For the ‘Our Community’ edition my recent drawing of the Farmer’s Market was used. Incidentally, the sign in the middle has only some of the writing on it because they started packing up when I got to drawing that bit and I missed the rest. I did think ahead though and took a photo beforehand, very smart, but there was a lot of glare so I never could read it all. Doesn’t matter. The fellow standing next to it, he has a passing resemblance to me, because the passer-by that I actually drew was actually wearing a Tottenham t-shirt and stopped to talk for a moment when I said ‘Come on you Spurs!’ So in honour, I actually made this person look like me, though he really didn’t. Most moving people in these in-public-place drawings look generic anyway, as it’s always hard to really capture someone while they’re walking past, though otherwise all of the people that ended up in this one were actually the people stood there. Anyway, I loved how this turned out in the paper, and if that’s you in the drawing, hello there.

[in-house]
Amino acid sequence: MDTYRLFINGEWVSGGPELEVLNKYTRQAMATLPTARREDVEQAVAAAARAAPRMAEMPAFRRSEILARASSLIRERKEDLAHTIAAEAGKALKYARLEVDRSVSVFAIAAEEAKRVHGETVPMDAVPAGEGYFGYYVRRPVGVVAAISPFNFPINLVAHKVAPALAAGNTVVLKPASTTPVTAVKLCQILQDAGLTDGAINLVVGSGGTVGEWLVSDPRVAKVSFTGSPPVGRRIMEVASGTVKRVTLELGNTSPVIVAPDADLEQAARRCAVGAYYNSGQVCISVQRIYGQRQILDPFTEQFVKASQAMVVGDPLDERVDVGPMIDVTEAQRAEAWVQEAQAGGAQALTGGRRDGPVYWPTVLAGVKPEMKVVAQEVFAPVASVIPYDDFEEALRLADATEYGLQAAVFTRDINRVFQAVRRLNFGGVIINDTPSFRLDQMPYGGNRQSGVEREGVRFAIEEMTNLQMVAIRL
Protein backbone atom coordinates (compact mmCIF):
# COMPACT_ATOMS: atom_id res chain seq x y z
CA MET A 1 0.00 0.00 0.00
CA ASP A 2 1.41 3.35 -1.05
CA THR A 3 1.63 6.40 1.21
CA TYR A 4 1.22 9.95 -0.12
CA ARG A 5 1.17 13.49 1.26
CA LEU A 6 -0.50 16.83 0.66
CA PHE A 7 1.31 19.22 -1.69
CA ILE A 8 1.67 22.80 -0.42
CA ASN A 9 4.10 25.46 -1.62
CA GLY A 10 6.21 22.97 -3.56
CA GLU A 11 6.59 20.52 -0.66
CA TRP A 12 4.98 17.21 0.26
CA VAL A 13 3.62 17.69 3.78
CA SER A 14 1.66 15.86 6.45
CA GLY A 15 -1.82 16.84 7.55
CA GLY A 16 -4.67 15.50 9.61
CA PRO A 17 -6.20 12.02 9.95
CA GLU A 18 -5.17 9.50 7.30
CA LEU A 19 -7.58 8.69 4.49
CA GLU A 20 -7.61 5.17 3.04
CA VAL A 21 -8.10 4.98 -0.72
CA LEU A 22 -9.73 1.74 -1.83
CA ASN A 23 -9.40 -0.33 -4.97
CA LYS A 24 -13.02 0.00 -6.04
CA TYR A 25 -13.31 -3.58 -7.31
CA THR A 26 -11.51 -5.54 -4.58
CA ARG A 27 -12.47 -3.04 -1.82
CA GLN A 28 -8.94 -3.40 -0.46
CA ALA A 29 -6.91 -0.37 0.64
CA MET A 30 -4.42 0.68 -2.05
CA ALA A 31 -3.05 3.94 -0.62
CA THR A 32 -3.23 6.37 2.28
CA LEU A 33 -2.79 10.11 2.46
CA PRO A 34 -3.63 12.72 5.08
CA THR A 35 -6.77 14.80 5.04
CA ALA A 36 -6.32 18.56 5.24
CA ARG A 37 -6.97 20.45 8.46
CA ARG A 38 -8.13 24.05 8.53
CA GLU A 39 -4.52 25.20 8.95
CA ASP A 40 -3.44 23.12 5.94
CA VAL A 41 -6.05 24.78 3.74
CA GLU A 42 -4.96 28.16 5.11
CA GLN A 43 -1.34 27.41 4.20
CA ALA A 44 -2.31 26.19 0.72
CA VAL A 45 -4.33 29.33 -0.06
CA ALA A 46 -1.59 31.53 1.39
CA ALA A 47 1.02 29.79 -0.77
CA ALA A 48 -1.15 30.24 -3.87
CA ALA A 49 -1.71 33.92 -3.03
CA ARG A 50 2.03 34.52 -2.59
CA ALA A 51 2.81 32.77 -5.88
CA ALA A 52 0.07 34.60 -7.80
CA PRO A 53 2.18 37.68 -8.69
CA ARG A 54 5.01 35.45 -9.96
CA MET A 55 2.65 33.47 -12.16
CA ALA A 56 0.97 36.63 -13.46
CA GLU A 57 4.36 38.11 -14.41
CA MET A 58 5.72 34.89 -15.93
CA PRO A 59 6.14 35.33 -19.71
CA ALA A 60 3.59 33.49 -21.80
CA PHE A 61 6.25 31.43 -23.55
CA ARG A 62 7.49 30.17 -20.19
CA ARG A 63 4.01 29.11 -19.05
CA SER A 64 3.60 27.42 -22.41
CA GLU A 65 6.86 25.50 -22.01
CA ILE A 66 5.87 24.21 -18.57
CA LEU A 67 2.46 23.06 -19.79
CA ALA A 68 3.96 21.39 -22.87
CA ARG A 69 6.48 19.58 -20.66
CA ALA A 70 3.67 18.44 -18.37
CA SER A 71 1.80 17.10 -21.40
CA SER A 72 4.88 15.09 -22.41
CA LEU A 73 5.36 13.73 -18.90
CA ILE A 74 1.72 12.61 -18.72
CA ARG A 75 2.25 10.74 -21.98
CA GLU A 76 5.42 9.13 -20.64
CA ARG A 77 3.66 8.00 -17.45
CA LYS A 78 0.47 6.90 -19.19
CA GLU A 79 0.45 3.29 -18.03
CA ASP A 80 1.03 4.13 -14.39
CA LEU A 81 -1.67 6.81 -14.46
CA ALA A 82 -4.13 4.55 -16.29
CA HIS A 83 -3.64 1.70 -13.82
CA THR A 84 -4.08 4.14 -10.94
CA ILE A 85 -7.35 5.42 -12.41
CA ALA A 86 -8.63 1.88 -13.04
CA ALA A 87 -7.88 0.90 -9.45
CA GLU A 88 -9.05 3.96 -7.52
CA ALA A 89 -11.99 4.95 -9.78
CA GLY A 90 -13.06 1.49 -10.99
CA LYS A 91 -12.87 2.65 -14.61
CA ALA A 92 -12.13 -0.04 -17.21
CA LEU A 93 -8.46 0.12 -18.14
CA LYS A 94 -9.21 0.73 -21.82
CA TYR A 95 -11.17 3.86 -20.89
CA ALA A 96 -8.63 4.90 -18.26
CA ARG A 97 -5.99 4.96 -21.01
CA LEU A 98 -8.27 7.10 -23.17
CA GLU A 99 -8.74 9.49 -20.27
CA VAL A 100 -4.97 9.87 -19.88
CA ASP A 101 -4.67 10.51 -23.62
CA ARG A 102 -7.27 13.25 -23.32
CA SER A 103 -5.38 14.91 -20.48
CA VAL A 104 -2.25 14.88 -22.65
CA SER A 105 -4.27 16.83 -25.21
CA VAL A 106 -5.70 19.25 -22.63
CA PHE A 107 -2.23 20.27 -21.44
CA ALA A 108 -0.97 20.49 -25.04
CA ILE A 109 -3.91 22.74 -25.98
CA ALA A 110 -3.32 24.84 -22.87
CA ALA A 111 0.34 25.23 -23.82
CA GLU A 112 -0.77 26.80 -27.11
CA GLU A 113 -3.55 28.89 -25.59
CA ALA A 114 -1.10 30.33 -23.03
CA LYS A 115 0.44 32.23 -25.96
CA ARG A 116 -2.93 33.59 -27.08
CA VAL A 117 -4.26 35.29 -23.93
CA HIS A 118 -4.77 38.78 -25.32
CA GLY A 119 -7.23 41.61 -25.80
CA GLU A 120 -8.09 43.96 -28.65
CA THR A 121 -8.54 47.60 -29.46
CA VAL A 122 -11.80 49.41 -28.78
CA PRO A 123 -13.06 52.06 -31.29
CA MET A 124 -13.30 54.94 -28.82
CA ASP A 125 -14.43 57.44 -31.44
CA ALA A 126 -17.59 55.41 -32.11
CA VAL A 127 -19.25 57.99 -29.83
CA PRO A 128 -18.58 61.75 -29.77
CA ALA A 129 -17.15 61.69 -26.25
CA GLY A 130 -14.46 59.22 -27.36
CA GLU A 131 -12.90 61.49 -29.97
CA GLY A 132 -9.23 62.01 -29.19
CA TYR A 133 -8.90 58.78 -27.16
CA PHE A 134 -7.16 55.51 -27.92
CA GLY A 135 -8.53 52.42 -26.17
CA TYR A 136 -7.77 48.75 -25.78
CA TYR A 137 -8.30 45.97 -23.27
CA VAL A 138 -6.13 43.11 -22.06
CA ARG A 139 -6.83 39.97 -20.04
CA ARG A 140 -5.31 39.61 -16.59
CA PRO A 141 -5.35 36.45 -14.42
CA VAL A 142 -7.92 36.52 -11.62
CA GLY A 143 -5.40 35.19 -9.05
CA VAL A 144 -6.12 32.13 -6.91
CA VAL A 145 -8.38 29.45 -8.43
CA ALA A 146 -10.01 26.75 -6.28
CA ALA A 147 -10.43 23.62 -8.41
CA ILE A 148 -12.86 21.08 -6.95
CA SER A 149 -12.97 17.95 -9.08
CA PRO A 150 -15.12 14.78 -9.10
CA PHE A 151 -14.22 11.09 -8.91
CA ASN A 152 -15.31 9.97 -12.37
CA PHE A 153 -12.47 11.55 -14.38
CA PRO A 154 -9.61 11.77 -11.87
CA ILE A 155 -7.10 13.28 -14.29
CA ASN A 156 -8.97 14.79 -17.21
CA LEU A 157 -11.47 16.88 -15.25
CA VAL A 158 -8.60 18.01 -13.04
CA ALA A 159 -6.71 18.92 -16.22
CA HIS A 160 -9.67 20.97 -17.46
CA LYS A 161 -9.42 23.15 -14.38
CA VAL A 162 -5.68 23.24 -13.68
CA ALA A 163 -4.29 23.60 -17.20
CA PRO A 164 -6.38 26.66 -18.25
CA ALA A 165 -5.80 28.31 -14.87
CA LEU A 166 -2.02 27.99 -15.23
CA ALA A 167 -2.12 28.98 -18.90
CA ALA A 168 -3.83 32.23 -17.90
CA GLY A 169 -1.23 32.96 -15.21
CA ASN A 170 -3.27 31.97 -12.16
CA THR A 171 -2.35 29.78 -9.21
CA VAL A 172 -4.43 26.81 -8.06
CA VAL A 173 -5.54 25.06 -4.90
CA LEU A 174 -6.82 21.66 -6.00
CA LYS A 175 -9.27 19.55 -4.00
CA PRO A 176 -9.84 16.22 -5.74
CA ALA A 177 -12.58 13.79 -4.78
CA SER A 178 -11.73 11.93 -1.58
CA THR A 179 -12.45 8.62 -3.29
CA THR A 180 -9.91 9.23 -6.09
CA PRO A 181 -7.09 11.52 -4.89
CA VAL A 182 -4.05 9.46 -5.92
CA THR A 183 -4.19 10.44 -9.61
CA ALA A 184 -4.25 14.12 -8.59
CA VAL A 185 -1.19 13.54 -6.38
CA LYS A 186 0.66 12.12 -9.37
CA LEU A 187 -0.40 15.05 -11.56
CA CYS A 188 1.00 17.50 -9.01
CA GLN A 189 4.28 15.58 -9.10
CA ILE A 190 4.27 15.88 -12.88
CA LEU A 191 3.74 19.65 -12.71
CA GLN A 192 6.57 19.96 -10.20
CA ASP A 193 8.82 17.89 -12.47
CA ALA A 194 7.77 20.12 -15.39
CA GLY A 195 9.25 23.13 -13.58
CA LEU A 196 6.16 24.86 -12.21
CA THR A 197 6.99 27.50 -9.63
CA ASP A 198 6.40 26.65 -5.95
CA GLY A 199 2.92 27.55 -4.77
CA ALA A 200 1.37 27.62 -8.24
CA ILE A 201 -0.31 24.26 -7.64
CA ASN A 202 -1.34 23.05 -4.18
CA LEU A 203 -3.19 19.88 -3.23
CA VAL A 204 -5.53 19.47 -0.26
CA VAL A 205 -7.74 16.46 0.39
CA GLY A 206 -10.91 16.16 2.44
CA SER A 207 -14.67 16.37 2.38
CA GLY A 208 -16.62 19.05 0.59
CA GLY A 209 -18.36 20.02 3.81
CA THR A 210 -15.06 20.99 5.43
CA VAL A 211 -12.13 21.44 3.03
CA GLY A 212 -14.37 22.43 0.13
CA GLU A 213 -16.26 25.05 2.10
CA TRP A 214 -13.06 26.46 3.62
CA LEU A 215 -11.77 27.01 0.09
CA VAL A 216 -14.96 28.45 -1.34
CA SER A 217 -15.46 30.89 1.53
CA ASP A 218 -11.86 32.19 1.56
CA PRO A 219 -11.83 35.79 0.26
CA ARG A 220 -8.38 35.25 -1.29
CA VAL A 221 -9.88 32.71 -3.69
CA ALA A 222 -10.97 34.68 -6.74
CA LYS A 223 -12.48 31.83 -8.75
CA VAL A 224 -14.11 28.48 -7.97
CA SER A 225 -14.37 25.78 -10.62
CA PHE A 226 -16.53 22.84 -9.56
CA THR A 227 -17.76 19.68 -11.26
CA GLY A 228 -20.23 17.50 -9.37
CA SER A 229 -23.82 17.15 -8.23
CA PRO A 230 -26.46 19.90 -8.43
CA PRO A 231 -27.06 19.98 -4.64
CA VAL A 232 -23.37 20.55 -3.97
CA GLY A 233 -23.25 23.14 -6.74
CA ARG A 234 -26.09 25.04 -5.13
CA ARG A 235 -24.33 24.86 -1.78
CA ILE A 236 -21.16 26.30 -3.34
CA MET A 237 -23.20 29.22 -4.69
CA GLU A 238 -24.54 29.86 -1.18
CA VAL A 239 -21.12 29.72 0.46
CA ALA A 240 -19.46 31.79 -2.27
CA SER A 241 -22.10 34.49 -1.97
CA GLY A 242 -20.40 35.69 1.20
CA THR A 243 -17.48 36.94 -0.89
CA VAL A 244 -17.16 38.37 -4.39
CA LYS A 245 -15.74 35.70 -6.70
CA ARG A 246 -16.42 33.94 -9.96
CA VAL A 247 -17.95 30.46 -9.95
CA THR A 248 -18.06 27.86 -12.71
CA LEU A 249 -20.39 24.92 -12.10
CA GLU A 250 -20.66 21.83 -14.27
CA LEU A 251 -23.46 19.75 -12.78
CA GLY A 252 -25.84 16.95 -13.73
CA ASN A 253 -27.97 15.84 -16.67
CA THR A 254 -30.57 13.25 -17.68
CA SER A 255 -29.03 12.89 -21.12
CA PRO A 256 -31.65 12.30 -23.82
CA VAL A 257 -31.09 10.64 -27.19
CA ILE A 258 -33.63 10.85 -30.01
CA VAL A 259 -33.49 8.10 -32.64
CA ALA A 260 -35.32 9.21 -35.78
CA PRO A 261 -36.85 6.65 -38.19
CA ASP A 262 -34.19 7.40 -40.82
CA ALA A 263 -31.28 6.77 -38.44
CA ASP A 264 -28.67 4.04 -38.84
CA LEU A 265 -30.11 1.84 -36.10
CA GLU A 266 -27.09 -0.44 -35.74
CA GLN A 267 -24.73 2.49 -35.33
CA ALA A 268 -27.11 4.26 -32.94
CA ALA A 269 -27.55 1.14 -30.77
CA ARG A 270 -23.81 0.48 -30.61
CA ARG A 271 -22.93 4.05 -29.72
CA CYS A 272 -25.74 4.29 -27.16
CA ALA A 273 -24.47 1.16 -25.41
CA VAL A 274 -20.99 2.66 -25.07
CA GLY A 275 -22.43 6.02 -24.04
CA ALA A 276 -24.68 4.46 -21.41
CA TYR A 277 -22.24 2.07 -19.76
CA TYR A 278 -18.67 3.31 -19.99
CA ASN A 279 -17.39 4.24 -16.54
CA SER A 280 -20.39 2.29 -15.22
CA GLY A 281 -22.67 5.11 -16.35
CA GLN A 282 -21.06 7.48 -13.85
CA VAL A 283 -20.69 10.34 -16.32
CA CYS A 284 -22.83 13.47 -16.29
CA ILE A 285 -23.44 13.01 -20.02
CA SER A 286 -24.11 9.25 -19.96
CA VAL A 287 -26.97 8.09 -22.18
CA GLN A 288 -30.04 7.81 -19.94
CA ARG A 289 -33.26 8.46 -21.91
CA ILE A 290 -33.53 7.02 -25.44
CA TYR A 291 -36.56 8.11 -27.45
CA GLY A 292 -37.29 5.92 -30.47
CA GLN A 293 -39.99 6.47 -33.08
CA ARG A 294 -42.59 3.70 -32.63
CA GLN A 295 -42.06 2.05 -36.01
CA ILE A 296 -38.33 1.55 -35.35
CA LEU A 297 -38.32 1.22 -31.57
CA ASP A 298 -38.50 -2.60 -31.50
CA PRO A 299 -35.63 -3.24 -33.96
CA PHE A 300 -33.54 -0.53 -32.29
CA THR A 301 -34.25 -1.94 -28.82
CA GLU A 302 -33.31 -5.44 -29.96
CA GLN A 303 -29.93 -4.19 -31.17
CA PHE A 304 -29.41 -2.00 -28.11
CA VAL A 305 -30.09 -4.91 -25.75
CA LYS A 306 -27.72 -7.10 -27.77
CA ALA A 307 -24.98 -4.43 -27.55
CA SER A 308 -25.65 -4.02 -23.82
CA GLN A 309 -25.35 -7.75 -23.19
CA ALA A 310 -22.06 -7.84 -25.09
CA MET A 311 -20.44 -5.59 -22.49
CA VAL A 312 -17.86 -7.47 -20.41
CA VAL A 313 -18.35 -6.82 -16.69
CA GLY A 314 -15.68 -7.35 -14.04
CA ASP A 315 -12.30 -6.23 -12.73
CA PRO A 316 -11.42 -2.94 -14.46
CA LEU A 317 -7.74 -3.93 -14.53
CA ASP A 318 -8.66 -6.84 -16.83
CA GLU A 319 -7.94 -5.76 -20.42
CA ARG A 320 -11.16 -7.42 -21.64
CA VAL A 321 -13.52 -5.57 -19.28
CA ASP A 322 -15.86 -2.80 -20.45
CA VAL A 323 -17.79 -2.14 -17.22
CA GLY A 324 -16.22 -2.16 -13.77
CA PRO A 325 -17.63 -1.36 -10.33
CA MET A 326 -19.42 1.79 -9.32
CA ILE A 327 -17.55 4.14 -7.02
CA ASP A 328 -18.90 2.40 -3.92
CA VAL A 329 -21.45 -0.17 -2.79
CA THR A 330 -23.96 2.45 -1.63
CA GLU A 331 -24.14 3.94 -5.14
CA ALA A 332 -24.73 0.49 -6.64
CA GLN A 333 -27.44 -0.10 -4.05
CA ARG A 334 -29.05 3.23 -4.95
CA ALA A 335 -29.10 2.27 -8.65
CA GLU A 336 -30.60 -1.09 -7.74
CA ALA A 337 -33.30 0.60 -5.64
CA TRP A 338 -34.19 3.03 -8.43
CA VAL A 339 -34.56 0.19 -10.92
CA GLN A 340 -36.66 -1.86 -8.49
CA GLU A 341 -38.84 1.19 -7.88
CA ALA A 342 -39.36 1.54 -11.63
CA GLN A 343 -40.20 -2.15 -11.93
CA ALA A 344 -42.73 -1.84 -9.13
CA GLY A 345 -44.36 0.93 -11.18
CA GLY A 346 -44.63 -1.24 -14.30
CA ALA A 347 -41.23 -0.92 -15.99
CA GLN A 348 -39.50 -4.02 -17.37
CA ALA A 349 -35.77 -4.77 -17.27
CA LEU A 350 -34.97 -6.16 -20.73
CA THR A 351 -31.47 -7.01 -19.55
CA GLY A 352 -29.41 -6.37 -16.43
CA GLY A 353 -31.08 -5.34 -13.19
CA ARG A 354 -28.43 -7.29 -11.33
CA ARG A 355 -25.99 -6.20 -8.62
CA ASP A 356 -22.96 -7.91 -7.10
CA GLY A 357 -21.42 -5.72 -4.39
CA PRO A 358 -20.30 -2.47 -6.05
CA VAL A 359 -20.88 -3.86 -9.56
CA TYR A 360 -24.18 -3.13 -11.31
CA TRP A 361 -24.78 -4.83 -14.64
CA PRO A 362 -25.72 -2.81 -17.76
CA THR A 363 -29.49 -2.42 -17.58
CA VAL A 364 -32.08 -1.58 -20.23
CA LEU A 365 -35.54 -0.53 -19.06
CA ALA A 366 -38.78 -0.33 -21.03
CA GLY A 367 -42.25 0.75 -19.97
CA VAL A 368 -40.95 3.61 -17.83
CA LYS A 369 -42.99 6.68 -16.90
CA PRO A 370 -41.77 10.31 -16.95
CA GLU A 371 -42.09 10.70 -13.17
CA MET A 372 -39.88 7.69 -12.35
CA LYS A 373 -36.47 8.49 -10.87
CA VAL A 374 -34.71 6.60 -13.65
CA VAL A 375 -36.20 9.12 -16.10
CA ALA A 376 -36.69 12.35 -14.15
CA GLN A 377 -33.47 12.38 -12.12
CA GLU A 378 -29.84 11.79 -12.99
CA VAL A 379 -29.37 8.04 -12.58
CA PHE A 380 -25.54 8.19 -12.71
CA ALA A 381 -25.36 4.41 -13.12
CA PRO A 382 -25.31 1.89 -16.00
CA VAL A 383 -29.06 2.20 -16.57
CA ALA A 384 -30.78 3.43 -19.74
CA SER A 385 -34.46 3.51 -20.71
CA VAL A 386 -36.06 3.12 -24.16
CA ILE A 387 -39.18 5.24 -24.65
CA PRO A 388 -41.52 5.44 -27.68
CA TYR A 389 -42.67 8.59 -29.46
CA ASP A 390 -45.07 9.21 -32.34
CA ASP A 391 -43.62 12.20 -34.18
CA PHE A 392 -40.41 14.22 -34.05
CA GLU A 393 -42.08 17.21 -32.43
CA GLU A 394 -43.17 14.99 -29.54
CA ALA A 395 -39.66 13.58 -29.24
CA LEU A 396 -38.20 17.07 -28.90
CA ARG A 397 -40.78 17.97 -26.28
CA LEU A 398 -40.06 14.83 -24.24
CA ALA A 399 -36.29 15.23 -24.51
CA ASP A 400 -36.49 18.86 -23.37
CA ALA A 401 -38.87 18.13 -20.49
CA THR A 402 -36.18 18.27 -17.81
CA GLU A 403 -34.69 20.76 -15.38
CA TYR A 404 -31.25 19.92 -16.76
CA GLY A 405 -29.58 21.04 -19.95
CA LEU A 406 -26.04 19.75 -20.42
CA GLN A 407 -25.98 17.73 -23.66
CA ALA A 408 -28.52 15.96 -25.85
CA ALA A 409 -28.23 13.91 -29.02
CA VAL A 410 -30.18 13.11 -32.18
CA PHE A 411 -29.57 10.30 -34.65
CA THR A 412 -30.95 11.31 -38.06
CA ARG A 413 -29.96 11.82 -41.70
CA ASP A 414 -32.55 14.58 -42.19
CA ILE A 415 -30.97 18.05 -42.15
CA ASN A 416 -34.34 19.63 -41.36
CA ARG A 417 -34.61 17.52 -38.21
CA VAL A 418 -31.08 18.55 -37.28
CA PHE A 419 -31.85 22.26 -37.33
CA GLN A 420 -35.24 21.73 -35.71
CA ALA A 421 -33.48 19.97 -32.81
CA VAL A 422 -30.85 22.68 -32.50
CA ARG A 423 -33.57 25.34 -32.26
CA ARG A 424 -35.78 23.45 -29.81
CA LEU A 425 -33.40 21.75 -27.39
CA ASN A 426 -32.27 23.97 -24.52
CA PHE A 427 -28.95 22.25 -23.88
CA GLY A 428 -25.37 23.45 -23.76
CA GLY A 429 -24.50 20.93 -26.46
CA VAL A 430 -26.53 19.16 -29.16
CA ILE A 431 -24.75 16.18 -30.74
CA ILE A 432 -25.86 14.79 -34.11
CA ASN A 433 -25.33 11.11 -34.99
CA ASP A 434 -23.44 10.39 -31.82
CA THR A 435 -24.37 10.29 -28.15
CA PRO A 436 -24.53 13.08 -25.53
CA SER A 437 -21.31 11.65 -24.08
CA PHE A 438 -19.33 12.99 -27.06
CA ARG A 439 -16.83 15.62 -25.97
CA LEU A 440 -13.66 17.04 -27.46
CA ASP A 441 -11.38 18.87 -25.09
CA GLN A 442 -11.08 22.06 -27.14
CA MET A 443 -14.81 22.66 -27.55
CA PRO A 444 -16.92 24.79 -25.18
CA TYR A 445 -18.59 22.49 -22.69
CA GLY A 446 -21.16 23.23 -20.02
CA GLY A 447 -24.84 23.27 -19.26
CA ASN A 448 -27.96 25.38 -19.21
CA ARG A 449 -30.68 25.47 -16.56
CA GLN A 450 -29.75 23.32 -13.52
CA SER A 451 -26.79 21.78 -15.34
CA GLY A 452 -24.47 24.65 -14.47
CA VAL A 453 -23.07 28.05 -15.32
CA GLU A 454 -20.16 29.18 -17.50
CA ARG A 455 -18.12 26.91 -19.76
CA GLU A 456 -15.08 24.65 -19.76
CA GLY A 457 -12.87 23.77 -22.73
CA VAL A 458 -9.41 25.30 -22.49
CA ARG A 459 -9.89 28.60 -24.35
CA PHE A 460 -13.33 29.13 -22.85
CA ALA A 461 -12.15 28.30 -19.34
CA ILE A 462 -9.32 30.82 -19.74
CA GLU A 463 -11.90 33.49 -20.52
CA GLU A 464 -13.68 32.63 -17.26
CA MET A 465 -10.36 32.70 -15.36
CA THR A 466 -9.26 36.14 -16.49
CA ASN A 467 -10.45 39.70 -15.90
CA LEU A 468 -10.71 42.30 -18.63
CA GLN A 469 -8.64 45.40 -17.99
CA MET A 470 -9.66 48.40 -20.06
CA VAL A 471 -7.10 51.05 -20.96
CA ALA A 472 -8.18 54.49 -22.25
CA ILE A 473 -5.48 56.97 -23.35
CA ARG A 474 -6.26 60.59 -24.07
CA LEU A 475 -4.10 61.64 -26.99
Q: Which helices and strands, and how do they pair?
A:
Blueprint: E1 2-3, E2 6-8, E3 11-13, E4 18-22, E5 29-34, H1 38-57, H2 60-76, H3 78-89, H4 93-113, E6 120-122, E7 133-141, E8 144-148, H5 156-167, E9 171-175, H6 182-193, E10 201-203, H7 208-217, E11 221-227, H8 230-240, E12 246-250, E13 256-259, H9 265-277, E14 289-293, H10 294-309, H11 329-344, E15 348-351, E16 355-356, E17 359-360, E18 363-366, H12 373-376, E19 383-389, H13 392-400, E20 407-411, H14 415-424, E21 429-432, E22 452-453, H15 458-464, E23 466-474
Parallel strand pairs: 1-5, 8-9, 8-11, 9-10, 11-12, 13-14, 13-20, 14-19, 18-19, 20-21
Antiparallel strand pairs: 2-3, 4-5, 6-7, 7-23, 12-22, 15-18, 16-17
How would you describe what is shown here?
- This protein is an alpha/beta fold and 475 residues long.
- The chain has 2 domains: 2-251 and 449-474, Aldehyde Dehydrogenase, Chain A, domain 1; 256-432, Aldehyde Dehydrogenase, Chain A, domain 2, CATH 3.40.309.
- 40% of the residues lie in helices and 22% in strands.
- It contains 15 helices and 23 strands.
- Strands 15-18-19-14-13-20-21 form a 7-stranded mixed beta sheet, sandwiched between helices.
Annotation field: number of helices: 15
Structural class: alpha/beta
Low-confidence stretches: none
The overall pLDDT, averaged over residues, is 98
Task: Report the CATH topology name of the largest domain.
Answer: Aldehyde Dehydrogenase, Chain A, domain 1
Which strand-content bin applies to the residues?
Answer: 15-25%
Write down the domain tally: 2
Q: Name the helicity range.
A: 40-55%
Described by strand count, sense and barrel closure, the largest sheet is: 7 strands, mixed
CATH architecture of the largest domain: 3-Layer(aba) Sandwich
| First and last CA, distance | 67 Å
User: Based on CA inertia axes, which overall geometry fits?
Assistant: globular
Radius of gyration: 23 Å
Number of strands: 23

And finally, the really small one, which actually translated pretty well large, I thought. I sketched that one lunchtime at the Memorial Union back in 2009, and it took up a third of a page of my Moleskine. So anyway there you are. Many thanks to Tanya Perez at the Davis Enterprise, who does a great job in the Welcome editions, and it was great to be a part if them this time.
The living room as seen from the armchair on a Friday night. Watching the TV – a bit of Colbert, a bit of South Park, a bit of Formula 1 Qualifying (well done Vettel, another pole) and a bit of The Avengers with the director’s commentary on.